Reviews: Antico and Rustic House

MOMENTS OF TRUTH: Explaining the strange and unbreakable bond that forms between diner and restaurant—and what happens when it doesn’t

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Rustic House

Rustic House is one of those restaurants that I’m supposed to like. Everything is in place: the menu (straight-up local American), the people involved (Jason Paskewitz and Ryan O’Donnell from Gemini Bistro), the warm space outfitted with a Rotisol French rotisserie and a wood-burning grill, even the folksy name. So why, then, do I have little inclination to return? Probably because my meals there were loud, herky-jerky affairs dictated by neglectful service and food that looked good but rarely made much of an impression. A series of antimoments, basically.

It started pleasantly, with familiar bar snacks like sticky, sweet honey-peppered bacon and marcona almonds slippery with duck fat. Both got better with each potent sip of a well-made Rustic Nail. But for every bull’s-eye appetizer, like the bold hand-rolled gnocchi and Hudson Valley foie gras in a parsley nage, there was a misfire, like a quail-egg-topped crispy pork belly, a jiggly and fat-layered square that resembled Spam. Entrées also batted .500. Wisps of shaved pecorino melted into a brawny ragout of soft hunks of veal cheek with perfectly cooked pappardelle and a pear tomato confit. Even richer was a braised lamb shoulder (from Gepperth’s Market across Halsted Street) with Moroccan couscous, cherries, and dried dates and figs intensified by a sturdy natural lamb jus. Either of those and a side of roasted Brussels sprouts with pancetta, and I’d be happy. But $44 for a chalky wood-grilled New York strip? Wood-grilled oysters coated with congealed Romano cheese for $15? Or, for that matter, $10 for a badly deconstructed Whatchamacallit bar? I’ll get one for a buck at Jewel.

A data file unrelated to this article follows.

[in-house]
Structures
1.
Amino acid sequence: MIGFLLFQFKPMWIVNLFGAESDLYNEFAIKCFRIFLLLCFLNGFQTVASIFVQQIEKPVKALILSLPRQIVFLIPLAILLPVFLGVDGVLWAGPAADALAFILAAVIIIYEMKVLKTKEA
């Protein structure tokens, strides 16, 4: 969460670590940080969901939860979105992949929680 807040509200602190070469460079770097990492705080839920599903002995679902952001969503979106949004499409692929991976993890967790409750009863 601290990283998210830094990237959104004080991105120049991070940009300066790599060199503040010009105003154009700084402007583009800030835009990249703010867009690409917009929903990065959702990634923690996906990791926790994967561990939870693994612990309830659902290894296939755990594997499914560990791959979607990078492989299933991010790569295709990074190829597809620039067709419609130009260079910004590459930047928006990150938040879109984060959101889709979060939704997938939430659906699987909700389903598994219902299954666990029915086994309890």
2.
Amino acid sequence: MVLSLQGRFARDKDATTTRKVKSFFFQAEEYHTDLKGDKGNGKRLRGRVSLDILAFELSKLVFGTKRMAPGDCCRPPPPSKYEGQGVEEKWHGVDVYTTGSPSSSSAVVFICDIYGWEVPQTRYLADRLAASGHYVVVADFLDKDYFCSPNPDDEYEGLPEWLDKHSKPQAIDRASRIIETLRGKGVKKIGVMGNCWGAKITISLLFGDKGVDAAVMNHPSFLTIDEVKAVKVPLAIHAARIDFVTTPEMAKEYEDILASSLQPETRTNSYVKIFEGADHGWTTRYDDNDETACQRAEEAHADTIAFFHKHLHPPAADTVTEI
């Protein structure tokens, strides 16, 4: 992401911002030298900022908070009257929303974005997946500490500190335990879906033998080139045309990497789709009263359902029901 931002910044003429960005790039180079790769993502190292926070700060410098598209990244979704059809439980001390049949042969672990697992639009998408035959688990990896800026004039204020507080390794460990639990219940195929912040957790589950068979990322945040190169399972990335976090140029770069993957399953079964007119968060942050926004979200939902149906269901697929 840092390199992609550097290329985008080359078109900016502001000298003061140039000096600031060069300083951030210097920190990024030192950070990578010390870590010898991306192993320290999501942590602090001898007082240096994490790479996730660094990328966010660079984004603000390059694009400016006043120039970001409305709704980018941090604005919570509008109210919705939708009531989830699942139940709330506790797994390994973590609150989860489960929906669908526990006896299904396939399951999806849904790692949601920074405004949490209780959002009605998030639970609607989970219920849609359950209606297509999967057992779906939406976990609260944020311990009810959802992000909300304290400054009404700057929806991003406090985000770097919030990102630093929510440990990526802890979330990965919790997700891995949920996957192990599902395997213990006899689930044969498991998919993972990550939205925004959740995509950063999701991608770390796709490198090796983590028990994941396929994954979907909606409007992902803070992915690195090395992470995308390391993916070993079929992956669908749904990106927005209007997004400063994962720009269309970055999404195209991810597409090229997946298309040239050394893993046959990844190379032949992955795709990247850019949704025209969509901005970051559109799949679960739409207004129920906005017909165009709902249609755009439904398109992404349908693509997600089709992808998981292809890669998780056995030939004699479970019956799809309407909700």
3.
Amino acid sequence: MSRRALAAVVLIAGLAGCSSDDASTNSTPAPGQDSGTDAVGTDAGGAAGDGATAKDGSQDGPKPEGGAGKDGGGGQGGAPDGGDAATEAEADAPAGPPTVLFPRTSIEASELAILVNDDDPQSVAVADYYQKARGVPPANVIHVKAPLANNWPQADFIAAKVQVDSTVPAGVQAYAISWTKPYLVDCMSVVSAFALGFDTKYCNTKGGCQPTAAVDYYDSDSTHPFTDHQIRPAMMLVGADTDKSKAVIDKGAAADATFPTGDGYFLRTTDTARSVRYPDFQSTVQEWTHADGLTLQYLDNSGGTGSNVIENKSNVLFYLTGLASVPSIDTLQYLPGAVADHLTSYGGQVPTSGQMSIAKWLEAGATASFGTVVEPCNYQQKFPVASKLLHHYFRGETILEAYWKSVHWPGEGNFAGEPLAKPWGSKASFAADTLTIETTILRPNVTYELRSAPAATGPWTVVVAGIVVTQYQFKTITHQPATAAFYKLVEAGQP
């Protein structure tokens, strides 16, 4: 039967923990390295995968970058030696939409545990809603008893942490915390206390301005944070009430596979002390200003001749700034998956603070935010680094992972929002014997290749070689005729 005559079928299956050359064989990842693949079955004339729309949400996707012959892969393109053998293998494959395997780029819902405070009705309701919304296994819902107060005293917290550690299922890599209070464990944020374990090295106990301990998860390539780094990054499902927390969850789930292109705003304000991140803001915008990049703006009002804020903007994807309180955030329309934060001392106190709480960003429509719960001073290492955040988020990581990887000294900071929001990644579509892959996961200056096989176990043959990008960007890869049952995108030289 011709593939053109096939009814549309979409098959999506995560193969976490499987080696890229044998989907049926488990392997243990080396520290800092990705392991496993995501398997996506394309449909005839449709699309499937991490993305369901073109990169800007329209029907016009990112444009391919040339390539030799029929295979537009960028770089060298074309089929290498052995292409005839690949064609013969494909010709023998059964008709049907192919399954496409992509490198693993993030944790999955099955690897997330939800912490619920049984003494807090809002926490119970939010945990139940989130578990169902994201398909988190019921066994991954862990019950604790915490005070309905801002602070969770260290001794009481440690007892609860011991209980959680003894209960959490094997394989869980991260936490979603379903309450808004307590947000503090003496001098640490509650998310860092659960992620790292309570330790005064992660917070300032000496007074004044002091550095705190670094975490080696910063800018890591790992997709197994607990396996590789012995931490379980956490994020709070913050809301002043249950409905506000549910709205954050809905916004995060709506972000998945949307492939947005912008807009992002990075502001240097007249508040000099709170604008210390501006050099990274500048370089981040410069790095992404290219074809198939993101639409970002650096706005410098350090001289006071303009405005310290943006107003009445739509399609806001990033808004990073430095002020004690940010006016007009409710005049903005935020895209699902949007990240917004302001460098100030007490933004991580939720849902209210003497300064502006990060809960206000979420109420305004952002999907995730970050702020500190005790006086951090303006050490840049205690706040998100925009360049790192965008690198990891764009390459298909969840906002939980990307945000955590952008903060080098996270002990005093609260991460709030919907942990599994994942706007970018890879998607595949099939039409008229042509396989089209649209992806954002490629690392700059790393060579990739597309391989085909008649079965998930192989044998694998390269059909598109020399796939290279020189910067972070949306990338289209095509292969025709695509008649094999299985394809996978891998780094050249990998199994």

THE SKINNY

RUSTIC HOUSE 1967 N. Halsted St.; 312-929-3227
FYI Go on a Thursday for the generous baby suckling pig from the rotisserie.
TAB $35–$45
HOURS Dinner Tue.–Sun.

Tab does not include alcohol, tax, or tip.

The sharp golden-toned dining room’s permanent fixtures include weathered barnyard walls, limestone floors, leather banquettes, and, as far as I can tell, Jason Paskewitz. On my visits, the chef never seemed to be in the kitchen. One night, he sat at the bar with friends; another, he stood at the kitchen door and stared aimlessly over the dining room, moving only to shake the hand of the Cubs announcer Bob Brenly. Maybe it was the noise, but neither Paskewitz nor O’Donnell—the latter stationed at the host stand a few feet away—noticed my table dying on the vine, waiting nearly an hour for our food.

Back in March, Paskewitz was asked to explain the difference between Gemini Bistro and Rustic House. “At Gemini you are in and out in 90 minutes or less,” he said. “This place will be a little slower.” At the time, it sounded like a promise. As it turns out, it was a warning.

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